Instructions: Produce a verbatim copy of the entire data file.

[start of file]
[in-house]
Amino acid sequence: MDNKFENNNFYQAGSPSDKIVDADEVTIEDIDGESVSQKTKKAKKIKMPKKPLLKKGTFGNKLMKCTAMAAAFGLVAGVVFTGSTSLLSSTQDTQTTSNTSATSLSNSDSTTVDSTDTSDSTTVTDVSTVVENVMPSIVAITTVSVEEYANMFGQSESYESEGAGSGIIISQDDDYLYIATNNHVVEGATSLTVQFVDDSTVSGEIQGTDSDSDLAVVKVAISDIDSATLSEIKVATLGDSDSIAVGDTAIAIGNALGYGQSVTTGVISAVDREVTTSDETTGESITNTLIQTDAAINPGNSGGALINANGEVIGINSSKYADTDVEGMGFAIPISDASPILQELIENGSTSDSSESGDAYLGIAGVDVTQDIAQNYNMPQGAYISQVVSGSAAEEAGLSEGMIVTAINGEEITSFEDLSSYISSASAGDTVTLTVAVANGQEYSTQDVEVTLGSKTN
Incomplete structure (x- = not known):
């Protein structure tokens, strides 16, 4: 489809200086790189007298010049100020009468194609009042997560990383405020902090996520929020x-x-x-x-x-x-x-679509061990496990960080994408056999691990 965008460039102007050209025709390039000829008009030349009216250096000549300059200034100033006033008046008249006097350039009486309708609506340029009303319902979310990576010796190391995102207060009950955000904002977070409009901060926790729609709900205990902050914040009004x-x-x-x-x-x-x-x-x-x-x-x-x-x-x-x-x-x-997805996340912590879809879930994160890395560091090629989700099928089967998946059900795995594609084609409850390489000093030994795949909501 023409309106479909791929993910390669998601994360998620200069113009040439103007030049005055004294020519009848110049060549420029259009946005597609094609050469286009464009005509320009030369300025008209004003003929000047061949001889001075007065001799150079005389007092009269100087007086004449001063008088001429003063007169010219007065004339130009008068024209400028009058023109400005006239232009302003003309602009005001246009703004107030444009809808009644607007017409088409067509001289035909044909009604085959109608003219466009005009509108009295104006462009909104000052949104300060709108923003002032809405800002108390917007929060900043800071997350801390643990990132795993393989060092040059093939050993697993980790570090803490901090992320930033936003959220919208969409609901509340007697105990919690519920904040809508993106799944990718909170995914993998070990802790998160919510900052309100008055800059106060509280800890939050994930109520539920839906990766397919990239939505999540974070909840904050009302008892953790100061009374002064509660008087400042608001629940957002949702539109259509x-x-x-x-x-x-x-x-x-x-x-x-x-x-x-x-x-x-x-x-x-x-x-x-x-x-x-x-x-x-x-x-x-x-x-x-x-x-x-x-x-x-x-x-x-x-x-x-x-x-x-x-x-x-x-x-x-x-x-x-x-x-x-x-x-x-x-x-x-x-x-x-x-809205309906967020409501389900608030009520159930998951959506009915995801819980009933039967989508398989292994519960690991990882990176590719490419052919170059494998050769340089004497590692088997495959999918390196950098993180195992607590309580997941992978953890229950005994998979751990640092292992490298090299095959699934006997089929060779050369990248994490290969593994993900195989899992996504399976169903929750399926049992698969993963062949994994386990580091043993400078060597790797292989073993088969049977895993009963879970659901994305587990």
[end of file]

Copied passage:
[in-house]
Amino acid sequence: MDNKFENNNFYQAGSPSDKIVDADEVTIEDIDGESVSQKTKKAKKIKMPKKPLLKKGTFGNKLMKCTAMAAAFGLVAGVVFTGSTSLLSSTQDTQTTSNTSATSLSNSDSTTVDSTDTSDSTTVTDVSTVVENVMPSIVAITTVSVEEYANMFGQSESYESEGAGSGIIISQDDDYLYIATNNHVVEGATSLTVQFVDDSTVSGEIQGTDSDSDLAVVKVAISDIDSATLSEIKVATLGDSDSIAVGDTAIAIGNALGYGQSVTTGVISAVDREVTTSDETTGESITNTLIQTDAAINPGNSGGALINANGEVIGINSSKYADTDVEGMGFAIPISDASPILQELIENGSTSDSSESGDAYLGIAGVDVTQDIAQNYNMPQGAYISQVVSGSAAEEAGLSEGMIVTAINGEEITSFEDLSSYISSASAGDTVTLTVAVANGQEYSTQDVEVTLGSKTN
Incomplete structure (x- = not known):
């Protein structure tokens, strides 16, 4: 489809200086790189007298010049100020009468194609009042997560990383405020902090996520929020x-x-x-x-x-x-x-679509061990496990960080994408056999691990 965008460039102007050209025709390039000829008009030349009216250096000549300059200034100033006033008046008249006097350039009486309708609506340029009303319902979310990576010796190391995102207060009950955000904002977070409009901060926790729609709900205990902050914040009004x-x-x-x-x-x-x-x-x-x-x-x-x-x-x-x-x-x-997805996340912590879809879930994160890395560091090629989700099928089967998946059900795995594609084609409850390489000093030994795949909501 023409309106479909791929993910390669998601994360998620200069113009040439103007030049005055004294020519009848110049060549420029259009946005597609094609050469286009464009005509320009030369300025008209004003003929000047061949001889001075007065001799150079005389007092009269100087007086004449001063008088001429003063007169010219007065004339130009008068024209400028009058023109400005006239232009302003003309602009005001246009703004107030444009809808009644607007017409088409067509001289035909044909009604085959109608003219466009005009509108009295104006462009909104000052949104300060709108923003002032809405800002108390917007929060900043800071997350801390643990990132795993393989060092040059093939050993697993980790570090803490901090992320930033936003959220919208969409609901509340007697105990919690519920904040809508993106799944990718909170995914993998070990802790998160919510900052309100008055800059106060509280800890939050994930109520539920839906990766397919990239939505999540974070909840904050009302008892953790100061009374002064509660008087400042608001629940957002949702539109259509x-x-x-x-x-x-x-x-x-x-x-x-x-x-x-x-x-x-x-x-x-x-x-x-x-x-x-x-x-x-x-x-x-x-x-x-x-x-x-x-x-x-x-x-x-x-x-x-x-x-x-x-x-x-x-x-x-x-x-x-x-x-x-x-x-x-x-x-x-x-x-x-x-809205309906967020409501389900608030009520159930998951959506009915995801819980009933039967989508398989292994519960690991990882990176590719490419052919170059494998050769340089004497590692088997495959999918390196950098993180195992607590309580997941992978953890229950005994998979751990640092292992490298090299095959699934006997089929060779050369990248994490290969593994993900195989899992996504399976169903929750399926049992698969993963062949994994386990580091043993400078060597790797292989073993088969049977895993009963879970659901994305587990």